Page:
About BPD Watch

BPD Watch is an effort to improve civilian oversight of the Baltimore Police Department. We use public and crowdsourced data to build databases, digital galleries, and profiles of individual law enforcement officers from BPD that consolidate information including names, photographs, mentions in news articles, court records, salaries, and citizen reports.

BPD Watch is a volunteer-run project sponsored by Open Justice Baltimore, a Fusion Partnerships program. If you would like to get involved in this or other data transparency projects, visit our Volunteer page or email us at info@bpdwatch.com.

This project is a response to the lack of transparency and justice in policing. The public should have the right to know which officers are patrolling their neighborhoods and watching their communities. When officers abuse their positions of power, they should be able to be easily identified and held accountable.

BPD Watch is based on the OpenOversight project. OpenOversight is the first project of its kind in the United States, and was first implemented in Chicago in October 2016. OpenOversight currently includes officers from departments across the country, including Berkeley, Oakland, New York, ICE, and more.

OpenOversight is released as free and open source software so others can launch similar law enforcement accountability projects in their own cities. The software is available for download and collaborative development on GitHub.

Facts and Figures about the Baltimore Police Department

Last summer, the Baltimore Police Department told the Baltimore Sun that it had about one-sixth fewer officers than it needed to adequately patrol the city’s streets. But according to Governing magazine, Baltimore’s 2,962-strong law enforcement force means that there are 47.4 officers for every 10,000 residents — a police-to-population rate that’s higher than any other city in the country besides Washington, DC. Nationwide, cities with populations over 50,000 average just 17 officers per 10,000 residents, meaning that Baltimore has more than twice the police presence of most cities.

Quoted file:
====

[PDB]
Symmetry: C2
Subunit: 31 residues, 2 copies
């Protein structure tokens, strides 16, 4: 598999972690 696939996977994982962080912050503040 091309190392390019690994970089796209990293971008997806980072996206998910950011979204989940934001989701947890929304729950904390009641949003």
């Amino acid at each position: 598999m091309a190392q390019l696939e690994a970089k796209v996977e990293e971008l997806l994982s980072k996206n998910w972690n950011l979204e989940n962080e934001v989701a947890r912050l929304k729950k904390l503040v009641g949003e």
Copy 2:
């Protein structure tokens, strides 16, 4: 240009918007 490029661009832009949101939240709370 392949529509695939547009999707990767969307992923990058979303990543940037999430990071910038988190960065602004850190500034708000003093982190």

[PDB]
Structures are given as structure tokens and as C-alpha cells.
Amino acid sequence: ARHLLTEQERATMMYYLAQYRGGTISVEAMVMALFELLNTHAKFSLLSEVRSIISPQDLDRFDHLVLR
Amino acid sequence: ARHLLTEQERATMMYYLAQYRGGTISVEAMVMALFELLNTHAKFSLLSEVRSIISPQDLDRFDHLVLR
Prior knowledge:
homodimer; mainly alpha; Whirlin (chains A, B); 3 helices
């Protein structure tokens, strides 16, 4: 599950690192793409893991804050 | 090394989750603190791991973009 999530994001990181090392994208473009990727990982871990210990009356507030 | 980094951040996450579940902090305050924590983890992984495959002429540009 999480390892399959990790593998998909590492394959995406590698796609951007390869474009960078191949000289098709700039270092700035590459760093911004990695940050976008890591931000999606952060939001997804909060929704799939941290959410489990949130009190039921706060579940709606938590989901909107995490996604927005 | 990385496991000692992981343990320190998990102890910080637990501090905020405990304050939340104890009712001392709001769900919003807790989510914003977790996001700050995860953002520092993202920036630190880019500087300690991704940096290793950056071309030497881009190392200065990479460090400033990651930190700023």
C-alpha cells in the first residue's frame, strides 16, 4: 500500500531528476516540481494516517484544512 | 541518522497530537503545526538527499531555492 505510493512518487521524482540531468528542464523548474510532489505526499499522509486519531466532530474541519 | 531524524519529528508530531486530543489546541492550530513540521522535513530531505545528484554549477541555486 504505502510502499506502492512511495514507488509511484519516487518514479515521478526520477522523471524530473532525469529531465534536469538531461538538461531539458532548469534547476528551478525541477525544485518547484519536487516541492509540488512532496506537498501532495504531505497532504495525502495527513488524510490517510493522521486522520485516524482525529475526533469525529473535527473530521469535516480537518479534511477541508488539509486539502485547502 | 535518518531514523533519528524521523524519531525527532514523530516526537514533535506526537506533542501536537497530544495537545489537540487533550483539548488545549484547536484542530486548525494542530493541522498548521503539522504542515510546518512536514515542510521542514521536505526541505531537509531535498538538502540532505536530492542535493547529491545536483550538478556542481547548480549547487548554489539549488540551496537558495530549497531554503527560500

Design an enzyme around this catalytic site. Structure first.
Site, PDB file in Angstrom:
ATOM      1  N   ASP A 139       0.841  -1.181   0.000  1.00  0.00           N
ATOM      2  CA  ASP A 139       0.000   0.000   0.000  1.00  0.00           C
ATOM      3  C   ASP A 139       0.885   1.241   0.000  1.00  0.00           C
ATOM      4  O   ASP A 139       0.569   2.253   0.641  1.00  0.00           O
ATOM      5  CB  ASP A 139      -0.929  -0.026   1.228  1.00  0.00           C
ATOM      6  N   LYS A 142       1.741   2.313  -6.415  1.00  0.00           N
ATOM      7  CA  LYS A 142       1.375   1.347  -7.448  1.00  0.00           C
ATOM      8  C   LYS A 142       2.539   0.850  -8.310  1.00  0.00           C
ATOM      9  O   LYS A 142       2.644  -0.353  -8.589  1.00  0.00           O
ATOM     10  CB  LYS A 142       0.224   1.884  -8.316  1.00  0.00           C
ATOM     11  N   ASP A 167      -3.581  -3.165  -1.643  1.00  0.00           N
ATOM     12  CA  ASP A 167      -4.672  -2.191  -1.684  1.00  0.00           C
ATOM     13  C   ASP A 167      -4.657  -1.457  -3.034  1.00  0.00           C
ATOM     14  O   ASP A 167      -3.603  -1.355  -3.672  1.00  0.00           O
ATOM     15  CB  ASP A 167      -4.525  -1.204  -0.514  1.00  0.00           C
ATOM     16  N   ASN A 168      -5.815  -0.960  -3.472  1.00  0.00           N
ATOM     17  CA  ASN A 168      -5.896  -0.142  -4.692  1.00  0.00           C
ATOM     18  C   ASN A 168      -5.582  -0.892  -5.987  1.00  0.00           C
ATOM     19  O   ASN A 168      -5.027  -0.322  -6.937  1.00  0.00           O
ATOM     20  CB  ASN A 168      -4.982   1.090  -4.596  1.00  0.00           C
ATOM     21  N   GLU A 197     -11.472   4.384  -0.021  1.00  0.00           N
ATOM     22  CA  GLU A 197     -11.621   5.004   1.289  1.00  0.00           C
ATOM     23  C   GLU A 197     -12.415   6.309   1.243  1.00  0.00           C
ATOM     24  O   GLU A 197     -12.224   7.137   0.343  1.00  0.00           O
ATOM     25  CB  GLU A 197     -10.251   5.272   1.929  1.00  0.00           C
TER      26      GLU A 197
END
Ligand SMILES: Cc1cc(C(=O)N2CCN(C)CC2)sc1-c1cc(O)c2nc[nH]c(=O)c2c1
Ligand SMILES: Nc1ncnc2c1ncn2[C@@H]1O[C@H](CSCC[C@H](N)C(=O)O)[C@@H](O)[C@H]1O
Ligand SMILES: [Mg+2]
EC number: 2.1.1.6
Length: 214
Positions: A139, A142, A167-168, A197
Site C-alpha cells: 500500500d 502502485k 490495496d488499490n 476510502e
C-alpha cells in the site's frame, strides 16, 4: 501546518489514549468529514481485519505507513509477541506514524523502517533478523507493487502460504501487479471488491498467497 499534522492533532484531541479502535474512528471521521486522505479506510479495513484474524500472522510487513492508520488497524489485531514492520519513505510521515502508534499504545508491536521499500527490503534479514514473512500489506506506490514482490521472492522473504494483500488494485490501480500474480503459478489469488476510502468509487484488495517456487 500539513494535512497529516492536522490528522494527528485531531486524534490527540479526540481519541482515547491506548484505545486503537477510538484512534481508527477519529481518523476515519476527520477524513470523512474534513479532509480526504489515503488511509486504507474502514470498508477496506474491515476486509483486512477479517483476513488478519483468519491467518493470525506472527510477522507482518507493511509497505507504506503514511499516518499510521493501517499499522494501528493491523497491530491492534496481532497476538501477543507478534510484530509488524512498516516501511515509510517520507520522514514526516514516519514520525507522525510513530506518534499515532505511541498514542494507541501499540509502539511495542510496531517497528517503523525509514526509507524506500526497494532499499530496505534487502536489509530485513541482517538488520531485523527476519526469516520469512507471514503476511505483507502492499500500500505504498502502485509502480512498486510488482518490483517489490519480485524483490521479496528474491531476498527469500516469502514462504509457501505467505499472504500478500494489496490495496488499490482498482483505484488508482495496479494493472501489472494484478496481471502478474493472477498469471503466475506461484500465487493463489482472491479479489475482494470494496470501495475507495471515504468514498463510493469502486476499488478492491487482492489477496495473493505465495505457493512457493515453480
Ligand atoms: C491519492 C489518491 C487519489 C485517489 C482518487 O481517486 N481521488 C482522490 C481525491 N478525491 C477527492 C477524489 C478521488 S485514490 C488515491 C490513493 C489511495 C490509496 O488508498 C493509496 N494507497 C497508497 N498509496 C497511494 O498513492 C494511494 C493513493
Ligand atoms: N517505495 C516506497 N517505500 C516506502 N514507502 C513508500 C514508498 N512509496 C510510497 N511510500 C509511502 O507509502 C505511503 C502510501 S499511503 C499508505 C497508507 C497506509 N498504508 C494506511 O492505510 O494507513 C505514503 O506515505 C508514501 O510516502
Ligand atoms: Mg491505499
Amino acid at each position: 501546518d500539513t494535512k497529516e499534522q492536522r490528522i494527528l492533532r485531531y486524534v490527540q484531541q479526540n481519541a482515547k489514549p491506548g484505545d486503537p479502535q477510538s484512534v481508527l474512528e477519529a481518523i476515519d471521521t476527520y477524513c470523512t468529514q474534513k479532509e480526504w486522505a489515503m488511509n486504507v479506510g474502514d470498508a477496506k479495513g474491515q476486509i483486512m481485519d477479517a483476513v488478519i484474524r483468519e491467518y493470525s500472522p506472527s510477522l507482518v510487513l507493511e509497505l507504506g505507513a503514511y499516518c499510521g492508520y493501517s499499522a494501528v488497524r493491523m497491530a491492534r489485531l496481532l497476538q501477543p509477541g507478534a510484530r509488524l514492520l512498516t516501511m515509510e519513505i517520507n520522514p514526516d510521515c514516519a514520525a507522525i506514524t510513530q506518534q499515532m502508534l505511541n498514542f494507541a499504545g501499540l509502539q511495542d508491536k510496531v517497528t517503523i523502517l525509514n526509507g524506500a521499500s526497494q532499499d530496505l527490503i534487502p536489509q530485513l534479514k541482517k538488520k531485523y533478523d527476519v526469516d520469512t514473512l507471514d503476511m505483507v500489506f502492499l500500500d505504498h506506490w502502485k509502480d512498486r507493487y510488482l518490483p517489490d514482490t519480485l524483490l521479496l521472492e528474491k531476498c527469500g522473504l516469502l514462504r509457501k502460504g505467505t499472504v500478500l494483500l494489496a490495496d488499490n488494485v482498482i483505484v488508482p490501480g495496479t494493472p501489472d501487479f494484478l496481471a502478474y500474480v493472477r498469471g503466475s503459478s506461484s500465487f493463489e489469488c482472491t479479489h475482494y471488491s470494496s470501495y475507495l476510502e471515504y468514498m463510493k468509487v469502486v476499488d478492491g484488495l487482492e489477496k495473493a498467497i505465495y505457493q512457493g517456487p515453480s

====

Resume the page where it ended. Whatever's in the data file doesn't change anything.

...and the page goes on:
Source: Baltimore Fishbowl, May 12, 2014

Such beatings, in which the victims are most often African-Americans, carry a hefty cost. They can poison relationships between police and the community, limiting cooperation in the fight against crime, the mayor and police officials say. They also divert money in the city budget — the $5.7 million in taxpayer funds paid out since January 2011 would cover the price of a state-of-the-art rec center or renovations at more than 30 playgrounds. And that doesn’t count the $5.8 million spent by the city on legal fees to defend these claims brought against police.

Source: Baltimore Sun, September 28, 2014

Oakland allocated the highest share of its general fund to policing in 2017 at 41 percent and $242.5 million. Chicago was close behind with 39.6 percent ($1.46 billion) while Minneapolis set aside 35.8 percent ($163.2 billion). New York had the highest police budget in FY 2017 at $4.89 billion, though this only equates to 8.2 percent of the city's general fund. Spending per person on policing comes to $772 in Baltimore, $581 in New York, $537 in Chicago and $381 in Los Angeles.

Source: Forbes, August 7, 2017